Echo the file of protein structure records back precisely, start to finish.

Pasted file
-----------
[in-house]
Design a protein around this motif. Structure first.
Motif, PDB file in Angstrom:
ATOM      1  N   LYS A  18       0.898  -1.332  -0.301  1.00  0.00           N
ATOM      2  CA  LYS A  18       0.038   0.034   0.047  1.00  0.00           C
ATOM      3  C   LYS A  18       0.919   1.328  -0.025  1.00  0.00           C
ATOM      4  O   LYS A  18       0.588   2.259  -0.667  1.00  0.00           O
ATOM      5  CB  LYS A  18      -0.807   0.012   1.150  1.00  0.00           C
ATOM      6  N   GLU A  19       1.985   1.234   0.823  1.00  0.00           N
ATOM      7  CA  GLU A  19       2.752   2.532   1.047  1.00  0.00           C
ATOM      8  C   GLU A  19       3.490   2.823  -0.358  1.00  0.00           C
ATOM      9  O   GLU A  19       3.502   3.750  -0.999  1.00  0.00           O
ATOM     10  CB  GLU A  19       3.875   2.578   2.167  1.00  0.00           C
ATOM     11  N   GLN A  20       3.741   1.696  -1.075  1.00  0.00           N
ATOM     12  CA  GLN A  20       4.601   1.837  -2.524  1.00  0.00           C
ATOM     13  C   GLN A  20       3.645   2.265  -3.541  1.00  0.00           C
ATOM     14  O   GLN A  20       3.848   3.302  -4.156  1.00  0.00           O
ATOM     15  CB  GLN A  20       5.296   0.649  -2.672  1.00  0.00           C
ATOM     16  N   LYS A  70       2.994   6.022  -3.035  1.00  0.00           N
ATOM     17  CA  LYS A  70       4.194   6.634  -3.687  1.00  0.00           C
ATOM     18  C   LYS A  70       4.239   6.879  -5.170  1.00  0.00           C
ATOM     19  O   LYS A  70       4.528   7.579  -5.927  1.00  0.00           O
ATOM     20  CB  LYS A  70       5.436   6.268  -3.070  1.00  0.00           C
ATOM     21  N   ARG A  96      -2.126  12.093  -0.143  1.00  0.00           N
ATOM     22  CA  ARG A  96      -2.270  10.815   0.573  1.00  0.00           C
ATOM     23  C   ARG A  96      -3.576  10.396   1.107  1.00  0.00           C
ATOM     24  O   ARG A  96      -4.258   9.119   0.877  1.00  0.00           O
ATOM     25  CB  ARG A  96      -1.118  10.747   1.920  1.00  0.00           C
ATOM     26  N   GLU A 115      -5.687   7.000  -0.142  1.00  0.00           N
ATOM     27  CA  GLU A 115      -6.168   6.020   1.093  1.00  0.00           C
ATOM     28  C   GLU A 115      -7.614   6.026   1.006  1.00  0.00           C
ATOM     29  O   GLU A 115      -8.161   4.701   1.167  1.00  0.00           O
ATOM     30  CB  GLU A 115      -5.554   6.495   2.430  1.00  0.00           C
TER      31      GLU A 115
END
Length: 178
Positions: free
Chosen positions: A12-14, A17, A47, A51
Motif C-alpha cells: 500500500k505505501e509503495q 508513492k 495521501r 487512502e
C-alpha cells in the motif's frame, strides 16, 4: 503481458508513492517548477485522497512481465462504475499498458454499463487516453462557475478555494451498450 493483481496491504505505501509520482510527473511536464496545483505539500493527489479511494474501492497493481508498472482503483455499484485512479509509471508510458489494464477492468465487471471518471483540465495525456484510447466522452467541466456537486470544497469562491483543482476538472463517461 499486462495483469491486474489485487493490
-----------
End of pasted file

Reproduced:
[in-house]
Design a protein around this motif. Structure first.
Motif, PDB file in Angstrom:
ATOM      1  N   LYS A  18       0.898  -1.332  -0.301  1.00  0.00           N
ATOM      2  CA  LYS A  18       0.038   0.034   0.047  1.00  0.00           C
ATOM      3  C   LYS A  18       0.919   1.328  -0.025  1.00  0.00           C
ATOM      4  O   LYS A  18       0.588   2.259  -0.667  1.00  0.00           O
ATOM      5  CB  LYS A  18      -0.807   0.012   1.150  1.00  0.00           C
ATOM      6  N   GLU A  19       1.985   1.234   0.823  1.00  0.00           N
ATOM      7  CA  GLU A  19       2.752   2.532   1.047  1.00  0.00           C
ATOM      8  C   GLU A  19       3.490   2.823  -0.358  1.00  0.00           C
ATOM      9  O   GLU A  19       3.502   3.750  -0.999  1.00  0.00           O
ATOM     10  CB  GLU A  19       3.875   2.578   2.167  1.00  0.00           C
ATOM     11  N   GLN A  20       3.741   1.696  -1.075  1.00  0.00           N
ATOM     12  CA  GLN A  20       4.601   1.837  -2.524  1.00  0.00           C
ATOM     13  C   GLN A  20       3.645   2.265  -3.541  1.00  0.00           C
ATOM     14  O   GLN A  20       3.848   3.302  -4.156  1.00  0.00           O
ATOM     15  CB  GLN A  20       5.296   0.649  -2.672  1.00  0.00           C
ATOM     16  N   LYS A  70       2.994   6.022  -3.035  1.00  0.00           N
ATOM     17  CA  LYS A  70       4.194   6.634  -3.687  1.00  0.00           C
ATOM     18  C   LYS A  70       4.239   6.879  -5.170  1.00  0.00           C
ATOM     19  O   LYS A  70       4.528   7.579  -5.927  1.00  0.00           O
ATOM     20  CB  LYS A  70       5.436   6.268  -3.070  1.00  0.00           C
ATOM     21  N   ARG A  96      -2.126  12.093  -0.143  1.00  0.00           N
ATOM     22  CA  ARG A  96      -2.270  10.815   0.573  1.00  0.00           C
ATOM     23  C   ARG A  96      -3.576  10.396   1.107  1.00  0.00           C
ATOM     24  O   ARG A  96      -4.258   9.119   0.877  1.00  0.00           O
ATOM     25  CB  ARG A  96      -1.118  10.747   1.920  1.00  0.00           C
ATOM     26  N   GLU A 115      -5.687   7.000  -0.142  1.00  0.00           N
ATOM     27  CA  GLU A 115      -6.168   6.020   1.093  1.00  0.00           C
ATOM     28  C   GLU A 115      -7.614   6.026   1.006  1.00  0.00           C
ATOM     29  O   GLU A 115      -8.161   4.701   1.167  1.00  0.00           O
ATOM     30  CB  GLU A 115      -5.554   6.495   2.430  1.00  0.00           C
TER      31      GLU A 115
END
Length: 178
Positions: free
Chosen positions: A12-14, A17, A47, A51
Motif C-alpha cells: 500500500k505505501e509503495q 508513492k 495521501r 487512502e
C-alpha cells in the motif's frame, strides 16, 4: 503481458508513492517548477485522497512481465462504475499498458454499463487516453462557475478555494451498450 493483481496491504505505501509520482510527473511536464496545483505539500493527489479511494474501492497493481508498472482503483455499484485512479509509471508510458489494464477492468465487471471518471483540465495525456484510447466522452467541466456537486470544497469562491483543482476538472463517461 499486462495483469491486474489485487493490